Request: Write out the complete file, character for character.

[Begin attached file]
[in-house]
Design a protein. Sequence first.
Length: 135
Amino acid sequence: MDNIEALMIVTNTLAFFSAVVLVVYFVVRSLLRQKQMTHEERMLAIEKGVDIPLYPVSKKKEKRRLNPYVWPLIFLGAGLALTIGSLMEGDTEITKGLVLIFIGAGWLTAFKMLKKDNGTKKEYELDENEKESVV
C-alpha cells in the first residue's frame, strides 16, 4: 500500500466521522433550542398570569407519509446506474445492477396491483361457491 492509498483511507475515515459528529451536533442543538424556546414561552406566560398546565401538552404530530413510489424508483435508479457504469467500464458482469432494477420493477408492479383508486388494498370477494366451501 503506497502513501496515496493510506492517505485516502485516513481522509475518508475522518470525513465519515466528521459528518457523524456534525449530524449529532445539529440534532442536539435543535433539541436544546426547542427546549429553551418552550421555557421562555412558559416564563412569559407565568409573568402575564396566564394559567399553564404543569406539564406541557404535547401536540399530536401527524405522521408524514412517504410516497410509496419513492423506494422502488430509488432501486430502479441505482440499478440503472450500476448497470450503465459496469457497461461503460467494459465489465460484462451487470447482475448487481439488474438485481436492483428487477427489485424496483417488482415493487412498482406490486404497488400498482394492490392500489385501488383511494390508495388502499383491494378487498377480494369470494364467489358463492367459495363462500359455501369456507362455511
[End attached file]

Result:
[in-house]
Design a protein. Sequence first.
Length: 135
Amino acid sequence: MDNIEALMIVTNTLAFFSAVVLVVYFVVRSLLRQKQMTHEERMLAIEKGVDIPLYPVSKKKEKRRLNPYVWPLIFLGAGLALTIGSLMEGDTEITKGLVLIFIGAGWLTAFKMLKKDNGTKKEYELDENEKESVV
C-alpha cells in the first residue's frame, strides 16, 4: 500500500466521522433550542398570569407519509446506474445492477396491483361457491 492509498483511507475515515459528529451536533442543538424556546414561552406566560398546565401538552404530530413510489424508483435508479457504469467500464458482469432494477420493477408492479383508486388494498370477494366451501 503506497502513501496515496493510506492517505485516502485516513481522509475518508475522518470525513465519515466528521459528518457523524456534525449530524449529532445539529440534532442536539435543535433539541436544546426547542427546549429553551418552550421555557421562555412558559416564563412569559407565568409573568402575564396566564394559567399553564404543569406539564406541557404535547401536540399530536401527524405522521408524514412517504410516497410509496419513492423506494422502488430509488432501486430502479441505482440499478440503472450500476448497470450503465459496469457497461461503460467494459465489465460484462451487470447482475448487481439488474438485481436492483428487477427489485424496483417488482415493487412498482406490486404497488400498482394492490392500489385501488383511494390508495388502499383491494378487498377480494369470494364467489358463492367459495363462500359455501369456507362455511